Making a trade in the National Hockey League is simple. Two teams get together, discuss a few players, shake hands and set up a press conference. Right? Wrong. Very wrong.
The process of striking a deal at the NHL level is far from an easy one. It is a meticulously complex process - a strategic, detailed and emotional decision that can shape a team's make-up and balance on the ice and in the locker room for many years.
How do teams actually get together and decide on the players involved in a deal? How and when do potentially constructed deals fall through?
With the NHL trade deadline set for Tuesday at 3:00 PM ET, Rangers Vice President of Player Personnel and Assistant General Manager Don Maloney
sheds some light on these questions and many others as he examines the process of making a deal. HOW IT ALL BEGINS
Usually what happens is the general managers will talk and they'll throw out some names. In our case, Glen will have an idea on some players and he will call me. I'll then go out and canvas our professional scouts for info. 'What do you think of a guy?' 'How much have we seen him?' We have scouting reports on every player that date back years and years. If we have the time, we'll send a pro scout to watch a particular player - not that you're going to base your entire decision on that one visit - but just to get a fresh look at a guy. It's not only the play of a player, but it's also what people have to say about certain guys. We talk in the press box to try and get a better feel on why a player might get traded. What are the 'spots' on a player? It's just a matter of trying to gather as much background research as possible.
I then bring that info to Glen's attention. A lot of times, Glen will even talk to other GMs. 'How has this guy played against you?' If there is an injury history, we have to do research in that area as well. A lot goes into the decision.
Sometimes we'll have weeks to prepare ... sometimes it's a matter of hours. That's really what the manager's job is. Ultimately, it's the manager who makes those final decisions, whether we do a deal or not.
We have all of our pro scouts in town now, like we do every year at this time, and we'll be making some assessments and sharing opinions. But the manager has to pull the trigger at the end of the day to make a deal.
It's not as simple as it was 10 or 15 years ago when you pick up the phone and just hammer out a deal. There are a lot of people who you have to touch base with.
Years ago, you could afford to make a $25,000 mistake. If you did something financially that you weren't aware of, so be it. Now you're talking millions and millions of dollars. If a guy has an injury that you're not aware of or if a guy has a character issue, you're stuck. That's why things are a lot more involved now then they've ever been when it comes to making a trade. It takes two teams to tango and with money being such a big part of any deal now - it's the key element these days - things are much more complex than in the past.HOW A DEAL CAN FALL APART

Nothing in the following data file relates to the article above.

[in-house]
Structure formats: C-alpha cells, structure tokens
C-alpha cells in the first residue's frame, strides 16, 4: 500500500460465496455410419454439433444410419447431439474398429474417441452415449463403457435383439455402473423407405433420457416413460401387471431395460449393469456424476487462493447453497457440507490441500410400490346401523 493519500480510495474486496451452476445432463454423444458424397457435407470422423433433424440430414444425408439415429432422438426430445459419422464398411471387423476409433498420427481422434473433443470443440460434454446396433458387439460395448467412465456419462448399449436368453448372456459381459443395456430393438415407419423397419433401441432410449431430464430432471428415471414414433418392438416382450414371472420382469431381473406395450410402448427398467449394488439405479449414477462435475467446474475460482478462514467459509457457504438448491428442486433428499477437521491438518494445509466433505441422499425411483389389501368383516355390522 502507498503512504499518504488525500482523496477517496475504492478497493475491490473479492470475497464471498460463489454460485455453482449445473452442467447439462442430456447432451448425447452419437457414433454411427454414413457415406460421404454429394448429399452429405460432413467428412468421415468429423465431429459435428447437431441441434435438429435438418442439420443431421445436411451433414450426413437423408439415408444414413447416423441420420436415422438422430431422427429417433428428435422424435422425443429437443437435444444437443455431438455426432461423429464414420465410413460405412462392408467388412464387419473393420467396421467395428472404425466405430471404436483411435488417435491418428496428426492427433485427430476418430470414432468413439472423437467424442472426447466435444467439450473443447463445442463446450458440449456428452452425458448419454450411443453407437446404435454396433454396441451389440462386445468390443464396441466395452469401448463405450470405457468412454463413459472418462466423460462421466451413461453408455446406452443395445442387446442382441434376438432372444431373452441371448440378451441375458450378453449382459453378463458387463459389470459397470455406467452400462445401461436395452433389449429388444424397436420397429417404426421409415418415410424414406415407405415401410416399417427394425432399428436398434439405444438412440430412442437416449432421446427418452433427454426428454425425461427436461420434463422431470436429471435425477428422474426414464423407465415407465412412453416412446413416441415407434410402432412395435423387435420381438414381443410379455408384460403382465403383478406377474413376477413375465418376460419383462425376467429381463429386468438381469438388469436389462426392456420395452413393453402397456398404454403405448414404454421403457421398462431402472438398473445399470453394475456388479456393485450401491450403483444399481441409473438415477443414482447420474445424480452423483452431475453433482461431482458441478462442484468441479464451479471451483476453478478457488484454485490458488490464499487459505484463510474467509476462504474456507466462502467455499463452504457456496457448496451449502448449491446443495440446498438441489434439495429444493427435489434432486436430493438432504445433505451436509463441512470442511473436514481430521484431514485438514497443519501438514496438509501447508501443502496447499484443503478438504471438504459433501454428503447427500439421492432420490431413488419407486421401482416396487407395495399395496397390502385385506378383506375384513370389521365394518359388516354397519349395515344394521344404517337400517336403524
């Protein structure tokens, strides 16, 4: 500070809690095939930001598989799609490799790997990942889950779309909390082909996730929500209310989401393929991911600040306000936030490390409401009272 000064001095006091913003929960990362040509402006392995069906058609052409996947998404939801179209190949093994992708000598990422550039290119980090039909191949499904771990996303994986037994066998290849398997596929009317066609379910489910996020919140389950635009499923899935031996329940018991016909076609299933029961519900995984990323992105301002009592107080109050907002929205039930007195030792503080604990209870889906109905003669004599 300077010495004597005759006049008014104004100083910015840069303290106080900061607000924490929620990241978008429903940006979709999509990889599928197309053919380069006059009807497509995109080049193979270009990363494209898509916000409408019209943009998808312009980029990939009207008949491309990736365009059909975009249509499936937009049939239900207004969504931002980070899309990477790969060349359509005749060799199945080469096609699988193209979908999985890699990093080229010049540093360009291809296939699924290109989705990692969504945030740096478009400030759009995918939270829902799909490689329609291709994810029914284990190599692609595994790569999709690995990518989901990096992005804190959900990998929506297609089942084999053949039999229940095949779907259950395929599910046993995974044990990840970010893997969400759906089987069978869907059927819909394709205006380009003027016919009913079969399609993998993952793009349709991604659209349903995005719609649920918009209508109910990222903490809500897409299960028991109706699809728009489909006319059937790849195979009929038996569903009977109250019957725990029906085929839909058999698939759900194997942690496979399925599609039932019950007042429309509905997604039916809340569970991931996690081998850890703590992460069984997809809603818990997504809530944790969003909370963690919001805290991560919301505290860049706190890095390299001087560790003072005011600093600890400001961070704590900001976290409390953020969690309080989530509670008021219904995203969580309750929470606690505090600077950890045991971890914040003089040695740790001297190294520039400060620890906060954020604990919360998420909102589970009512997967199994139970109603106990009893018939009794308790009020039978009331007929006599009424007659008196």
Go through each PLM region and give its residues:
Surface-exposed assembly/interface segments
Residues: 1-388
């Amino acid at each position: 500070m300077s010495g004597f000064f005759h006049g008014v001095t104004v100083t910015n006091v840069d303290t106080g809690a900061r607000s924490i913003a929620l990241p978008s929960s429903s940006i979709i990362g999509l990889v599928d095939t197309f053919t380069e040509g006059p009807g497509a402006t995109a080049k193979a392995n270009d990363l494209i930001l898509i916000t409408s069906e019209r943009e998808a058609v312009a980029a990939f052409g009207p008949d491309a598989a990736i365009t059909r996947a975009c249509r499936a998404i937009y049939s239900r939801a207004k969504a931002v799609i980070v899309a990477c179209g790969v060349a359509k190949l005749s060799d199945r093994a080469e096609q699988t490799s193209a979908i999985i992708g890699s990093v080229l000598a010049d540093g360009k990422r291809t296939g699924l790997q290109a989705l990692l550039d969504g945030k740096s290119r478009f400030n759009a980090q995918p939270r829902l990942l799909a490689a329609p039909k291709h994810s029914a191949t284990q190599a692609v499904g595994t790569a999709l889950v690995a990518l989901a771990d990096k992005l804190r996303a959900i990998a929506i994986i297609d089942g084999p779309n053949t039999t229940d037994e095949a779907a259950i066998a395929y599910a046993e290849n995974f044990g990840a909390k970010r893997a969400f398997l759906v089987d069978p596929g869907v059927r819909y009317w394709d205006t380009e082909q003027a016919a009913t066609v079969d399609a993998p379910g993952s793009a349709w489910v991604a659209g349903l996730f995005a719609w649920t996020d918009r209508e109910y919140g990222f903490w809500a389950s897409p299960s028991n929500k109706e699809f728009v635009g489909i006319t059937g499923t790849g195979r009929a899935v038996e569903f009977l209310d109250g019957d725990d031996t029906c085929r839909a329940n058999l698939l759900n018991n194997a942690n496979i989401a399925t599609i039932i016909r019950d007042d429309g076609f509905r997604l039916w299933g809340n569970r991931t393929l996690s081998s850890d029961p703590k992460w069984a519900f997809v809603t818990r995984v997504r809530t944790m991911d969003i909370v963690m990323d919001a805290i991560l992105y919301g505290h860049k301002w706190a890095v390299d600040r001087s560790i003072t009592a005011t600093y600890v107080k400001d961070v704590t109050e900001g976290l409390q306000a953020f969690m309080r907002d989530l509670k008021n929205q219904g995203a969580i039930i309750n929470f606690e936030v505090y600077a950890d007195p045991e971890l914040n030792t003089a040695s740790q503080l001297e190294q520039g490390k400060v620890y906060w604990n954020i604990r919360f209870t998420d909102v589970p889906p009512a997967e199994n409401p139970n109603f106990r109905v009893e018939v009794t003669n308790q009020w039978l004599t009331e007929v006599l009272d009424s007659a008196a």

Generally, nowadays most deals fall through because of an issue with money. That's usually a non-starter in most deals that don't happen. You throw out a lot of names and the first question is 'How much does he make,' which often leads to the response 'no, we can't do that.' That's usually the end of the story.
If you can get over the money part, then you start fiddling with the player component of a deal. I would say that you get a pretty good feel early in the process as to whether or not a deal is going to happen or fall through. We can go out and say we want to get a player and you'll know right away that it's just not going to happen. You'll have a pretty good idea from the initial conversation that there's a deal there. It might not be the deal you think you're going to get, but you almost get a sense that you're working with something. They have this player that we want ... they want more than we are willing to give right now. This stuff can usually be manipulated and tweaked as the process moves along.
As long as teams can work their way through these issues, a deal can generally be struck. One thing that might help a deal along, particularly at this time of year, is the fact that teams are working against a deadline. It forces clubs to make decisions and then move on.THE FINE LINE BETWEEN EMOTION AND BUSINESS
The hardest part of making a trade generally involves the 'people' involved. Every player that signs a NHL contract is well paid. They know that trades are part of the job. I go back to Adam Graves. Here's a guy who did so much in the community and had the support of every Rangers fan and yet, we felt that it was time to trade him. It was probably good for him in that he was given a fresh start out in San Jose. But the bottom line is it's still hard to do that. You get friendly with all of the families and do things together and it's not an easy decision to make.
But I think that everyone knows that this part of the game comes with putting on the skates. It happens to almost every player at least once in their career. Very rarely does a player go through his entire career and not change teams.
The bottom line for us in management is we have to win. That's our job. If we're in a position to make a deal, regardless of whether it's your best friend, decisions have to be made. And often times, they are tough decisions. It's not a pleasant part of the job - that's for sure. But it's certainly part of the job and part of the game.
_________________________________ADDITIONAL RANGERS TRADE DEADLINE COVERAGEBiggest Trades in Rangers History